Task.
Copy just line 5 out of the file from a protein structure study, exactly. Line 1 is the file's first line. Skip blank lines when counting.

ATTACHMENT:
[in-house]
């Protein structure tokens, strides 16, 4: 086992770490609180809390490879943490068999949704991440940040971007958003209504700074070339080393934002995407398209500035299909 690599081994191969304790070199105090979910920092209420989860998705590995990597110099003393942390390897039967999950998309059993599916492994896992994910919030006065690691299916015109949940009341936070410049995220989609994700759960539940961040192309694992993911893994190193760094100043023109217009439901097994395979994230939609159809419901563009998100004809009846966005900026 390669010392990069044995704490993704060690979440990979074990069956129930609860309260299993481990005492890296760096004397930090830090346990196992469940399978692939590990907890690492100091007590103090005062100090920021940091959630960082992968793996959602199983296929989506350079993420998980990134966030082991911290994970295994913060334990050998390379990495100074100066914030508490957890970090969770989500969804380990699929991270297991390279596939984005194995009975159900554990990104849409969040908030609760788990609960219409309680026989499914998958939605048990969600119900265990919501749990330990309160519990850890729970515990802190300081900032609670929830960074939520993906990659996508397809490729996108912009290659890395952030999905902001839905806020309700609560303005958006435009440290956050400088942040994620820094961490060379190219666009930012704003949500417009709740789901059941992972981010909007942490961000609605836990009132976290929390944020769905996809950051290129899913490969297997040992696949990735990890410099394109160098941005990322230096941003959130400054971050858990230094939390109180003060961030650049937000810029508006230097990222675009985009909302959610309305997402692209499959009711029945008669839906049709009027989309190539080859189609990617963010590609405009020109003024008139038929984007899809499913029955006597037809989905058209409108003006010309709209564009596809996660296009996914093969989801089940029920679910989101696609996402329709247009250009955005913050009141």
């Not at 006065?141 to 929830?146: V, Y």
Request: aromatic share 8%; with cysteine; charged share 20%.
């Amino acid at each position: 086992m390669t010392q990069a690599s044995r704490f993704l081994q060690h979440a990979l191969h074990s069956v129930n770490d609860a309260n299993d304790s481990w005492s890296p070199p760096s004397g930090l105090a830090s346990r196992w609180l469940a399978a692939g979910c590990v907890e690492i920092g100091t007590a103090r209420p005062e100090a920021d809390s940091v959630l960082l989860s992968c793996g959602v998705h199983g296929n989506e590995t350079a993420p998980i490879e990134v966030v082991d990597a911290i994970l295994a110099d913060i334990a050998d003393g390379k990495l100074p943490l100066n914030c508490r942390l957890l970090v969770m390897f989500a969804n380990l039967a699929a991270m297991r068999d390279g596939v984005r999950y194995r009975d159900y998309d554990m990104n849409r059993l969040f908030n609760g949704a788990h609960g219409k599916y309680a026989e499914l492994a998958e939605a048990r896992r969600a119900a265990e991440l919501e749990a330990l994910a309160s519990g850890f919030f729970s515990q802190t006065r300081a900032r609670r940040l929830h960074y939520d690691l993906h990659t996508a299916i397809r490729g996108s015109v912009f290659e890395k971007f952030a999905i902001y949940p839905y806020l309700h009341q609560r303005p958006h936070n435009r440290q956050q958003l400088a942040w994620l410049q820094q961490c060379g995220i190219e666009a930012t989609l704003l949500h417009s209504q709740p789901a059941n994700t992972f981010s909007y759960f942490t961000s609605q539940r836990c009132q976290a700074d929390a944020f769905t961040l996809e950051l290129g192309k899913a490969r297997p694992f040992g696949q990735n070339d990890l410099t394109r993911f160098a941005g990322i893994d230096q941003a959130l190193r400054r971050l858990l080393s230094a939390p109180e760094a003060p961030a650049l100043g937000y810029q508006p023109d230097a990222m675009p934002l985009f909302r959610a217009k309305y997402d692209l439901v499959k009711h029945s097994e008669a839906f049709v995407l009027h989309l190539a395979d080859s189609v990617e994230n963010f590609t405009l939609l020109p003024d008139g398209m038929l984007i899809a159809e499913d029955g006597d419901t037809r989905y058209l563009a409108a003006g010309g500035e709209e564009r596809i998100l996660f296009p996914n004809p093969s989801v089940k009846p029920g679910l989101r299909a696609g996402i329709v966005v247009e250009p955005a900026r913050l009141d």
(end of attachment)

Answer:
């Amino acid at each position: 086992m390669t010392q990069a690599s044995r704490f993704l081994q060690h979440a990979l191969h074990s069956v129930n770490d609860a309260n299993d304790s481990w005492s890296p070199p760096s004397g930090l105090a830090s346990r196992w609180l469940a399978a692939g979910c590990v907890e690492i920092g100091t007590a103090r209420p005062e100090a920021d809390s940091v959630l960082l989860s992968c793996g959602v998705h199983g296929n989506e590995t350079a993420p998980i490879e990134v966030v082991d990597a911290i994970l295994a110099d913060i334990a050998d003393g390379k990495l100074p943490l100066n914030c508490r942390l957890l970090v969770m390897f989500a969804n380990l039967a699929a991270m297991r068999d390279g596939v984005r999950y194995r009975d159900y998309d554990m990104n849409r059993l969040f908030n609760g949704a788990h609960g219409k599916y309680a026989e499914l492994a998958e939605a048990r896992r969600a119900a265990e991440l919501e749990a330990l994910a309160s519990g850890f919030f729970s515990q802190t006065r300081a900032r609670r940040l929830h960074y939520d690691l993906h990659t996508a299916i397809r490729g996108s015109v912009f290659e890395k971007f952030a999905i902001y949940p839905y806020l309700h009341q609560r303005p958006h936070n435009r440290q956050q958003l400088a942040w994620l410049q820094q961490c060379g995220i190219e666009a930012t989609l704003l949500h417009s209504q709740p789901a059941n994700t992972f981010s909007y759960f942490t961000s609605q539940r836990c009132q976290a700074d929390a944020f769905t961040l996809e950051l290129g192309k899913a490969r297997p694992f040992g696949q990735n070339d990890l410099t394109r993911f160098a941005g990322i893994d230096q941003a959130l190193r400054r971050l858990l080393s230094a939390p109180e760094a003060p961030a650049l100043g937000y810029q508006p023109d230097a990222m675009p934002l985009f909302r959610a217009k309305y997402d692209l439901v499959k009711h029945s097994e008669a839906f049709v995407l009027h989309l190539a395979d080859s189609v990617e994230n963010f590609t405009l939609l020109p003024d008139g398209m038929l984007i899809a159809e499913d029955g006597d419901t037809r989905y058209l563009a409108a003006g010309g500035e709209e564009r596809i998100l996660f296009p996914n004809p093969s989801v089940k009846p029920g679910l989101r299909a696609g996402i329709v966005v247009e250009p955005a900026r913050l009141d």